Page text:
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The other side of the carnival  | Behind the OZ champs
By Christo Peters - Wed 2 Nov 2022 11:09pm

A huge thank you to Orienteering Australia and David Jaffe for letting us re-print this article on the side of orienteering carnivals that the general public never sees:

Nine races in nice days.  Bigger than O-Ringen, Swiss O week, Scotland’s skimpy six days and Finland’s feeble five days. We Aussies are made of sterner stuff.  Well it should really have been 8 races in 9 days…that’s a normal carnival and probably more than big enough. Then Warren Key said “I think we should have a second race on the first weekend to make sure everyone wants to come”.  Lots of people said “no Warren, don’t be stupid, it won’t work” but he is a man of conviction. The original ideas was to at least use some of the same infrastructure as the morning event. However the potential of having a race in the centre of Daylesford knocked that on the head. The idea morphed from the Australasian Short Champs to what became the Orienteering Grand Prix.  The idea was also to have lots of people from the town come and watch…then about four weeks out it dawned on a few of us that it was Grand Final afternoon and that Daylesford would become a ghost town. We also ran 3 come-and-try events in Daylesford in the lead up to try and get locals out!  Well for those who missed the opening ceremony and Grand Prix it was a unique event and very exciting.  The local councillor was blown away by the excitement and enthusiasm.

Another hidden secret of the carnival was the Covid outbreak at the camp that Sue Guinane and the team managers some how stopped becoming a carnival ending super spreader event.  The covid plan kicked in, people were isolated, parents drove thousands of KM’s to get sick students. Testing and mask wearing kicked back in and risky events like the disco were moved to the last night and it worked! We think there were less than a dozen cases, still no fun for those who got sick but not a carnival ending event,  The schools carnival was also more than just the three days of schools championship events. If you haven’t seen some of the video challenges that made up the Scavenger hunt, then you have missed out on some amazing meat pie eating,  no-handed vanilla slice eating and so forth. They also had the traditional trivia night, disco, movie nights and the like. Grant Bluett also gave an inspiring speech at the prize giving reflecting on the life long friendships he had built in the sport.

The new maps each had a story.  Victoria’s chief mapper Warwick Davis lives in Sunbury and has had his eye on Salesian College for some time.  Then the Principal approached us about the school getting back into Orienteering and the deal was done.  Neil Barr has long admired Nuggety Range but wasn’t sure if all the private parts would be too constraining but having granite and gold on one map worked a treat and the map was great!  Lastly Blackwood was partly my fault. Fredo was staying at our place during Covid and wanted to go for a long run so we agreed to meet him up at Shaws lake (now on the map)  and bring a picnic.  He was quite excited when he got to us and said there was some gold mining. We started exploring and went, wow…how did we miss that?  It was only a small area but it seemed too good to miss so it just snowballed from there.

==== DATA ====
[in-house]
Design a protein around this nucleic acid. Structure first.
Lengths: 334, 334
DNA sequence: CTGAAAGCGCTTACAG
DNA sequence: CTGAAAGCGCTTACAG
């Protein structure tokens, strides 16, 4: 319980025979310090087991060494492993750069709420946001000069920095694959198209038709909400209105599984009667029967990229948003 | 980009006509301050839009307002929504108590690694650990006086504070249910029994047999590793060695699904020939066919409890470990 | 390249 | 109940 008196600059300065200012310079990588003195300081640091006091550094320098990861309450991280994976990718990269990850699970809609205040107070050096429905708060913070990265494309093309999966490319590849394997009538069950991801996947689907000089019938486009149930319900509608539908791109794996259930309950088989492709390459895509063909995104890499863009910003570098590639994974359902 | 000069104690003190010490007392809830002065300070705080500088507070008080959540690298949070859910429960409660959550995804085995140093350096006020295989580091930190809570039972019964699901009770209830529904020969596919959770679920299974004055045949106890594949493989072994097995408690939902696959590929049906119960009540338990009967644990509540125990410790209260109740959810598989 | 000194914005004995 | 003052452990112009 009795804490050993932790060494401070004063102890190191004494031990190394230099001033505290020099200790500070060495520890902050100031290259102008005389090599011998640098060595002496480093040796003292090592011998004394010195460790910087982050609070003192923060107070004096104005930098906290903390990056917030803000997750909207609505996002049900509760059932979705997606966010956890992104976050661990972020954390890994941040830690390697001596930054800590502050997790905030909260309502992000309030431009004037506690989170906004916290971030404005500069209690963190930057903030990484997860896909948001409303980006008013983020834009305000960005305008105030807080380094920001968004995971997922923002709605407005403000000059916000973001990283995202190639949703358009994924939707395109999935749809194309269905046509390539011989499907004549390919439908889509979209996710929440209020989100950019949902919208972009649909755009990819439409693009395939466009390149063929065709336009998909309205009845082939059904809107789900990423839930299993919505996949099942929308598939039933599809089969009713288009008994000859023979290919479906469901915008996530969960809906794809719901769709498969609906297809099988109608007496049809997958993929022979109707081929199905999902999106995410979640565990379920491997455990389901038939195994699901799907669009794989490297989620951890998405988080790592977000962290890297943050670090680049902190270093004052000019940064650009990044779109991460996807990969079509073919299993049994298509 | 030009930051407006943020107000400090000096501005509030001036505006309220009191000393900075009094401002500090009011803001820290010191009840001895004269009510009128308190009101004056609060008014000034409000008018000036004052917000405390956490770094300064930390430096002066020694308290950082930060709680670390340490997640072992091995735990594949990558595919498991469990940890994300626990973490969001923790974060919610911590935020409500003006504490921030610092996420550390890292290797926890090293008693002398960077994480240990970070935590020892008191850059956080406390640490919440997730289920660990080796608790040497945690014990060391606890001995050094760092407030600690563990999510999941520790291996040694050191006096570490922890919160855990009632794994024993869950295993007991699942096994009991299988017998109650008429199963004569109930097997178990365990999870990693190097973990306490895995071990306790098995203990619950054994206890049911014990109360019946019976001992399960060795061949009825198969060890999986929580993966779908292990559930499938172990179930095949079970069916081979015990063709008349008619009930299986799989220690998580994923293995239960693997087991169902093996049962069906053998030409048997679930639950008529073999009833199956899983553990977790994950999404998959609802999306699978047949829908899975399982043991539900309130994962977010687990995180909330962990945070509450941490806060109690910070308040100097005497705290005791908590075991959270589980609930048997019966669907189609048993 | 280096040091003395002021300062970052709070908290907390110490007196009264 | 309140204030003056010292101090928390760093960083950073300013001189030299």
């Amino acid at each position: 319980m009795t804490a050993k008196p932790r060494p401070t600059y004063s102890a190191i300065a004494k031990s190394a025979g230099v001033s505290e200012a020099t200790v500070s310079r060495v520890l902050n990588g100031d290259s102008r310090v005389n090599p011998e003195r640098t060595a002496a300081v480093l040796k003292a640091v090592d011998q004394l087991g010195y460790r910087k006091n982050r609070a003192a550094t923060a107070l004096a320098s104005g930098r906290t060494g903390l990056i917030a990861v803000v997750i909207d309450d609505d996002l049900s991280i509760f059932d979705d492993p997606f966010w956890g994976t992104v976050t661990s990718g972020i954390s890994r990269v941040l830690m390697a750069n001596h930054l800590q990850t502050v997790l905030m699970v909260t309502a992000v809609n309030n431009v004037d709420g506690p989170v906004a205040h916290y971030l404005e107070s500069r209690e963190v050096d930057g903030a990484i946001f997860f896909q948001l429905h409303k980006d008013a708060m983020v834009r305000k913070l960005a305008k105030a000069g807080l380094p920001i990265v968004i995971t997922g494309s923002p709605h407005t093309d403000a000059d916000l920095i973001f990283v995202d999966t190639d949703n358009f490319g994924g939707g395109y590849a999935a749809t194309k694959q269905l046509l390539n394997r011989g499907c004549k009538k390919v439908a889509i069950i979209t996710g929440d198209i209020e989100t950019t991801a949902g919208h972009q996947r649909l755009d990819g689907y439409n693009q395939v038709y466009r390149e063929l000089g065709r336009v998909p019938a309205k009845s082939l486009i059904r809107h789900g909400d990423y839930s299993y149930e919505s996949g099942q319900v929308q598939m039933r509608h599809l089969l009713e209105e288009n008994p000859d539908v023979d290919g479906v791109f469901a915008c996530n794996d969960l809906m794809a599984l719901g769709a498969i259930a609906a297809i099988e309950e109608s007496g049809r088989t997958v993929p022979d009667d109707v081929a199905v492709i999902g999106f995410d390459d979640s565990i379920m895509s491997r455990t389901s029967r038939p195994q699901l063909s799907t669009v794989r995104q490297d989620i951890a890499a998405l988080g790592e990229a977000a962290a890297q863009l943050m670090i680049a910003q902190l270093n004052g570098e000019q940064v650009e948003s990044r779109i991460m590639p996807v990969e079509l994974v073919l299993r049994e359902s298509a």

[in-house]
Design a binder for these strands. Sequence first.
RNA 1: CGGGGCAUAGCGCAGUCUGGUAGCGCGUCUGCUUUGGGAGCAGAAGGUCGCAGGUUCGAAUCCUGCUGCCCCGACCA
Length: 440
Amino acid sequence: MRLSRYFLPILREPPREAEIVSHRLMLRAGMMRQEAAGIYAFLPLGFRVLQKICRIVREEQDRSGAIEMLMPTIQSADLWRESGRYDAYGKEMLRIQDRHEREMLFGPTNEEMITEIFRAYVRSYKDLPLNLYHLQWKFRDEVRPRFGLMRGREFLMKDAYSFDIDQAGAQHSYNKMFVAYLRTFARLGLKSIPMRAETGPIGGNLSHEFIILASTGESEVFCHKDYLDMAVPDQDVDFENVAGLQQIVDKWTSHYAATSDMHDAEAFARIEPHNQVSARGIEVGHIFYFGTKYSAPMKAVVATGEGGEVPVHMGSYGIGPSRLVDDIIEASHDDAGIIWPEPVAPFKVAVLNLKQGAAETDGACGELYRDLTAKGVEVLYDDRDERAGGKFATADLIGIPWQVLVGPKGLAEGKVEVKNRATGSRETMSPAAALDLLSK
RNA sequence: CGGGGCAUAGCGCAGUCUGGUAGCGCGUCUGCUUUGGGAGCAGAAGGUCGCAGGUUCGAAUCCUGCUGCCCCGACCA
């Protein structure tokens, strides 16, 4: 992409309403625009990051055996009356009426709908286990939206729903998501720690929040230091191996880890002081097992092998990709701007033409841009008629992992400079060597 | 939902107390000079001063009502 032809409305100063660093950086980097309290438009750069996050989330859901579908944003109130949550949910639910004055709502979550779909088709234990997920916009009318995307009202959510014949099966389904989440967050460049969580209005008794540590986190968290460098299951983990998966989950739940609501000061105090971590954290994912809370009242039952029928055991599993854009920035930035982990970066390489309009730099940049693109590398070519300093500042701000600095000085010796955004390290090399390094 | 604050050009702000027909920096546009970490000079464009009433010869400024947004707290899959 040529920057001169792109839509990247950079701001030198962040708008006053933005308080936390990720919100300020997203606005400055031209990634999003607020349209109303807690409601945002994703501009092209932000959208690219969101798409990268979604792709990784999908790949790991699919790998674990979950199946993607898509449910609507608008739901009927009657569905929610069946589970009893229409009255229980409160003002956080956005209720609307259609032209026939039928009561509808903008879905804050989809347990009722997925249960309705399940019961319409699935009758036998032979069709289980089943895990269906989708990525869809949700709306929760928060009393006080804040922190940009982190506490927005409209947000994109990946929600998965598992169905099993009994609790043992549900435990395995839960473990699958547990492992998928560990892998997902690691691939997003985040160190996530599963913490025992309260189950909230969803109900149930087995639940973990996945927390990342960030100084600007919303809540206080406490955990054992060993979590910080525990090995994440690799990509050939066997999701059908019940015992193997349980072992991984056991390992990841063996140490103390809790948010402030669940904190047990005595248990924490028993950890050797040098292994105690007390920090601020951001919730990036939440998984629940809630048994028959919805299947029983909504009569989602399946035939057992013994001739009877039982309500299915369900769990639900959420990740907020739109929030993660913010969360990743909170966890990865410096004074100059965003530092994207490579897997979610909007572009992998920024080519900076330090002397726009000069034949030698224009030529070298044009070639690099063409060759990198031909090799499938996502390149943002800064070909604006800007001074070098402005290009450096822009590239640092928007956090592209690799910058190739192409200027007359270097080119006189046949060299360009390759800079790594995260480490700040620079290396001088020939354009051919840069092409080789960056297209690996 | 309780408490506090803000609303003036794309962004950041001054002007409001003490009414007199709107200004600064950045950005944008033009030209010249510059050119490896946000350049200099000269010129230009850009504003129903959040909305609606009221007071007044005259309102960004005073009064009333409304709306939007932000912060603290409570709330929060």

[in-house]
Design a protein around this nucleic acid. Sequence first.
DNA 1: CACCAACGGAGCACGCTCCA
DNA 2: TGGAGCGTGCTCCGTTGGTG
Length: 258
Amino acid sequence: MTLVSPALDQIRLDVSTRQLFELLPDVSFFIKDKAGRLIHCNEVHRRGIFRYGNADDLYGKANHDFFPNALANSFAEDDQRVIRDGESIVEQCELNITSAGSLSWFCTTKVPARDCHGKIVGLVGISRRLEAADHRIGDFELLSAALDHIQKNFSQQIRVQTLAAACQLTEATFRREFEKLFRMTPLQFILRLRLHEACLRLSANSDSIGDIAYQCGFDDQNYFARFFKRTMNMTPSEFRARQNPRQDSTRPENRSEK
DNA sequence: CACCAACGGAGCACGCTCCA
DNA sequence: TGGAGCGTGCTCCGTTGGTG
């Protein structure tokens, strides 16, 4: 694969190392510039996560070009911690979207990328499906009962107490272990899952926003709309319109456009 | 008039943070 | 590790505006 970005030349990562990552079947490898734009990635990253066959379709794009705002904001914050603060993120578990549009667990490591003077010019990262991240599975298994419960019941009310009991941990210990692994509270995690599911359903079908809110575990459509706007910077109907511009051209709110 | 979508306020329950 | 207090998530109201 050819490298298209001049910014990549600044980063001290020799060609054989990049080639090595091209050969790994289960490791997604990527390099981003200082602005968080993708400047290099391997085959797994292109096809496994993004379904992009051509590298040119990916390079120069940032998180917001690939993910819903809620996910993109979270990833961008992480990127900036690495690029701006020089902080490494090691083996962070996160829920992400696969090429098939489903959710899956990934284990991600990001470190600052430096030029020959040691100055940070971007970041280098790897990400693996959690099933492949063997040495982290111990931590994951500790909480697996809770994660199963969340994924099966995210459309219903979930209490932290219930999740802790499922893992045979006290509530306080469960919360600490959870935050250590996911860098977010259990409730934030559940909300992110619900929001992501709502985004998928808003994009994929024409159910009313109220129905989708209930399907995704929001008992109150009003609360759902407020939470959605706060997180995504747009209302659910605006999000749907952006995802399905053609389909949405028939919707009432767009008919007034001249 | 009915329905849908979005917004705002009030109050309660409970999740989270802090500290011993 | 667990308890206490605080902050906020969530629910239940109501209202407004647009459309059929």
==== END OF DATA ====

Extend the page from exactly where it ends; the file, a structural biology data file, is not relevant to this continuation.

Then there were the near misses. 48 hours from the start of the schools long at Mt Alexander, the land owner himself got bogged in his own paddock so car parking was not an option.  MFR kicked into plan B hired 3 buses driven by OV president Carl Dalheim, carnival director Warwick Williams and Fergus Fitzwater. They all claim they enjoyed it so much that it is a possible career move and the alternative arrangements seemed to work. The Harcourt General store had their best ever day of business because of that but asked for some extra notice next time. Of course there were all the usual issues – one missing control, one stolen just before an event but found in time, one broken SI unit, injuries, long queues for downloads one day, a few courses short of a picnic and 50 maps found to be missing at midnight before the AUS champs. Jim Russell was woken from his tent, did a mercy dash back to Bendigo and printed 50 more! Another hidden hero of the carnival.

Lastly, the coffee and ice cream guy (Tino) had an amazing week.  On day two he brought 30 litres of ice cream and we ate it and by Sunday he was bringing 60 litres and we ate it all. He made it all himself and was up to midnight each day making the next batch. He still doesn’t really understand Orienteering but he thinks everyone is awesome and will help with any future carnival.

So those are just a few of the behind the scenes stories. We hope everyone had a great week and thanks again to everyone who helped, ran or supported in any way.

David Jaffe  |  Vice President, Orienteering Victoria

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